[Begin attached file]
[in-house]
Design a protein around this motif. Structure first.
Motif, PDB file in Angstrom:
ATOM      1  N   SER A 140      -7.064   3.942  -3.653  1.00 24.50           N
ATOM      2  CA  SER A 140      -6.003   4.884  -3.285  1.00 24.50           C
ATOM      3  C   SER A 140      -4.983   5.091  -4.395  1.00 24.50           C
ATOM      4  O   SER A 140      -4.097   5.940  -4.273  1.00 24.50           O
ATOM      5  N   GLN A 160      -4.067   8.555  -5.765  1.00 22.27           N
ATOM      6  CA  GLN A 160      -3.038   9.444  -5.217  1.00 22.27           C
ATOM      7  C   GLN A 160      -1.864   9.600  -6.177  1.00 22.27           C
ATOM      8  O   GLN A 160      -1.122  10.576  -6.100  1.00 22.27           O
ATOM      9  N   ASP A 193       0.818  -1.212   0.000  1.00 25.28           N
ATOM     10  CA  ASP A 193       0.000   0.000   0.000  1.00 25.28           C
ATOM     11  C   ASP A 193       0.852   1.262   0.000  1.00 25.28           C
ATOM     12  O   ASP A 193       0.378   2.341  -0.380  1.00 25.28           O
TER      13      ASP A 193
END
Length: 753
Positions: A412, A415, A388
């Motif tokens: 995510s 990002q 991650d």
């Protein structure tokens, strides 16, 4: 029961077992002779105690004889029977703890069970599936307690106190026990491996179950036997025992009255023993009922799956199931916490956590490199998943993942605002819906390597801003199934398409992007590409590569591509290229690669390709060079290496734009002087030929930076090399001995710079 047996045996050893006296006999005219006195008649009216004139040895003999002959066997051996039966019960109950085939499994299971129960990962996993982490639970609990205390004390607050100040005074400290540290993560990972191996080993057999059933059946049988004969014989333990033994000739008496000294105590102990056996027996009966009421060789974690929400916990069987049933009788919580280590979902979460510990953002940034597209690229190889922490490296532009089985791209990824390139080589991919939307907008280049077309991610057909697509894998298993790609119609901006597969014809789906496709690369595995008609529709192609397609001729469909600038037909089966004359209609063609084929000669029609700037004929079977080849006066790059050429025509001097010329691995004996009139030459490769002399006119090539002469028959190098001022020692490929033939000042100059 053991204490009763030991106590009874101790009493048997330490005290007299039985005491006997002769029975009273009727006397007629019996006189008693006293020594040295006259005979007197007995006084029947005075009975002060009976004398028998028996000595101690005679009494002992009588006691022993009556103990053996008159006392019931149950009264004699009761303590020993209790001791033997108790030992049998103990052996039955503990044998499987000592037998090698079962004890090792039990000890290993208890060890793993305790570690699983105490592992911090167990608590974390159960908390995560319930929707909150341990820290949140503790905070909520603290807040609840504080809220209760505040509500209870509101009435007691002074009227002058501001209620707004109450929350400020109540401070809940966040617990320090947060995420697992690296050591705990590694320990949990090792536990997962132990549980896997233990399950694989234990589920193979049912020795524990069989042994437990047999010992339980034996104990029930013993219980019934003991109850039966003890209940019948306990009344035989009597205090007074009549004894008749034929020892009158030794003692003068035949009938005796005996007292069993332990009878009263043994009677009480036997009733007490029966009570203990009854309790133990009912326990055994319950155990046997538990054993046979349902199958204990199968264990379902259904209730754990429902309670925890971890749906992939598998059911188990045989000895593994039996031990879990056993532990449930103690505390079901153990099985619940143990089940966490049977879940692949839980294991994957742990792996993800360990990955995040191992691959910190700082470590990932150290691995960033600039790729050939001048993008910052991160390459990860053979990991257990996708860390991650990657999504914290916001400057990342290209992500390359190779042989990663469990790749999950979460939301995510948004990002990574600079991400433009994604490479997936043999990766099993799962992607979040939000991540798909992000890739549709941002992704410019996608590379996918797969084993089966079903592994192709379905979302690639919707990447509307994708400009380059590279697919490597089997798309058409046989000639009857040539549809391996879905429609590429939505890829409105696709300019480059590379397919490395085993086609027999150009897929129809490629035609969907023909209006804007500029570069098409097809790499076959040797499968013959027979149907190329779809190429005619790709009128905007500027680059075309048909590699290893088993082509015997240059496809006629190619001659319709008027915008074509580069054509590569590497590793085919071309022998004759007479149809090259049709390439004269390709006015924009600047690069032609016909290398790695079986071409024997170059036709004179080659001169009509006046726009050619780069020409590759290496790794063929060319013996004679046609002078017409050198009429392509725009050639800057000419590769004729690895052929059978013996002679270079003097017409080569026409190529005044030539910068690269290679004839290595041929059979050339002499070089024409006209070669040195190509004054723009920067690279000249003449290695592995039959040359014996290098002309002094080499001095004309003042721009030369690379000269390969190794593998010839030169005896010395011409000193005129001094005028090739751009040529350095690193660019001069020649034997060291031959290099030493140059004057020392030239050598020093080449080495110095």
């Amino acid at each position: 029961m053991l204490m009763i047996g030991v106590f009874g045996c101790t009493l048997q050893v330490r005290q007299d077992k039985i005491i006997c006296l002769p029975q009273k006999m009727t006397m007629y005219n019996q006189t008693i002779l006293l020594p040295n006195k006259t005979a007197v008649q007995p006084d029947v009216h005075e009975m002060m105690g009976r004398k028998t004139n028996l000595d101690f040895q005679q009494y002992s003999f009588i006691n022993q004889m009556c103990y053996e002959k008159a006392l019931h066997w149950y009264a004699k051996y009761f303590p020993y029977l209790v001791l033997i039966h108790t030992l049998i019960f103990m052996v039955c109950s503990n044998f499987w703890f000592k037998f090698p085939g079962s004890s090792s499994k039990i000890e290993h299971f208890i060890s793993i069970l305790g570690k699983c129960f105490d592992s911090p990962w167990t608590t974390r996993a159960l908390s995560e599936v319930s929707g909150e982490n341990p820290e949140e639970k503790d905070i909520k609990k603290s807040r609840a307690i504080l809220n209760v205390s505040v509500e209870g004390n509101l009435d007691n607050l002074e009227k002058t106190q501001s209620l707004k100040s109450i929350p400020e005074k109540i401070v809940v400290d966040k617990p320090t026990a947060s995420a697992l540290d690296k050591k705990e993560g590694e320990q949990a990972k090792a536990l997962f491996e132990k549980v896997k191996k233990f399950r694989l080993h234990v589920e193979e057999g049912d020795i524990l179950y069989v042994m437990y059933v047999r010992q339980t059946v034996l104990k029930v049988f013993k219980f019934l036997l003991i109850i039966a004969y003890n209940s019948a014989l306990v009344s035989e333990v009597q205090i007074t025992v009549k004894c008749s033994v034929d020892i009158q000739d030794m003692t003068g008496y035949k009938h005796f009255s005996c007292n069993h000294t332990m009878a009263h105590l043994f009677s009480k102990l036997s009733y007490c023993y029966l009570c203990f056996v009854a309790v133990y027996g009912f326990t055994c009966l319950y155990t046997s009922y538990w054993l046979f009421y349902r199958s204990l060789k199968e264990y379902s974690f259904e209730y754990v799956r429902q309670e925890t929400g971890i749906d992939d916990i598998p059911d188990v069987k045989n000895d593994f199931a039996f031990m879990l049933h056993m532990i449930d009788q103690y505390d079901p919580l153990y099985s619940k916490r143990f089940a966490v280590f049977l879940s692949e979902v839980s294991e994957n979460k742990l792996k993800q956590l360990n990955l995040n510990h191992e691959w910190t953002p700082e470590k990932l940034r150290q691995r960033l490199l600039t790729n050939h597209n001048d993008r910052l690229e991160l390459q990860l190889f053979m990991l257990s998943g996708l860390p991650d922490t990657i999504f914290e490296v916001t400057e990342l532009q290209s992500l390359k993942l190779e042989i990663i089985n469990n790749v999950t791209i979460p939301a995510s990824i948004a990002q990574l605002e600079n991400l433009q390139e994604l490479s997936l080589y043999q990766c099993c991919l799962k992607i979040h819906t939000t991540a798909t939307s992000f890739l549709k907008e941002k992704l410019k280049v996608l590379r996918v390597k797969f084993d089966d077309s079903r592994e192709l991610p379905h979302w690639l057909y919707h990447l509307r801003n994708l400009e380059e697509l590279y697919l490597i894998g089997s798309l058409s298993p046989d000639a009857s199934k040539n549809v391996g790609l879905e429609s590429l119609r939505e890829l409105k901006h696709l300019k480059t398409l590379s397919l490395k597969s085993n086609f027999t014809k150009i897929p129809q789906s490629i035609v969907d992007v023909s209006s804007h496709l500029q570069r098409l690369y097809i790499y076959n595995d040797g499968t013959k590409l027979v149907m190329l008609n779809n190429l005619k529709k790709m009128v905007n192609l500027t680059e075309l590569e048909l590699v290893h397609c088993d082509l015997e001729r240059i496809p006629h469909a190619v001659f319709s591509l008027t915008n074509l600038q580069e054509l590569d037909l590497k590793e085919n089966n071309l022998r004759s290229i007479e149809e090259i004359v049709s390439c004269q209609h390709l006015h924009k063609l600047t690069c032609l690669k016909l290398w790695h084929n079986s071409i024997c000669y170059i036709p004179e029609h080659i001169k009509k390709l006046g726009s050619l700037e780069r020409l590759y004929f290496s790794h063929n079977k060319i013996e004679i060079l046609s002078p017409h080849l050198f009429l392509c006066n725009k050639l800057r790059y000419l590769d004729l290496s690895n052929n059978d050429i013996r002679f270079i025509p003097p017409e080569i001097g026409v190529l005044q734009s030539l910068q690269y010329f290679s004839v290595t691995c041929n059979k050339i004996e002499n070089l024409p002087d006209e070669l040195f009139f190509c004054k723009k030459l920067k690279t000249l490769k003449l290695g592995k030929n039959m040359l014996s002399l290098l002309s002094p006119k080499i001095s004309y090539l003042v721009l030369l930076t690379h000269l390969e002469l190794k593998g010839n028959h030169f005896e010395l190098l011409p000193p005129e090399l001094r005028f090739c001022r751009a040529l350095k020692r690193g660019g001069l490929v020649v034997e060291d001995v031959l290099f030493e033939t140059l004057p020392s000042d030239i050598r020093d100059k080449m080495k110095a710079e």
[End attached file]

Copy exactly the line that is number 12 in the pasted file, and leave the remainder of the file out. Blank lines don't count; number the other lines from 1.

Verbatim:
ATOM      9  N   ASP A 193       0.818  -1.212   0.000  1.00 25.28           N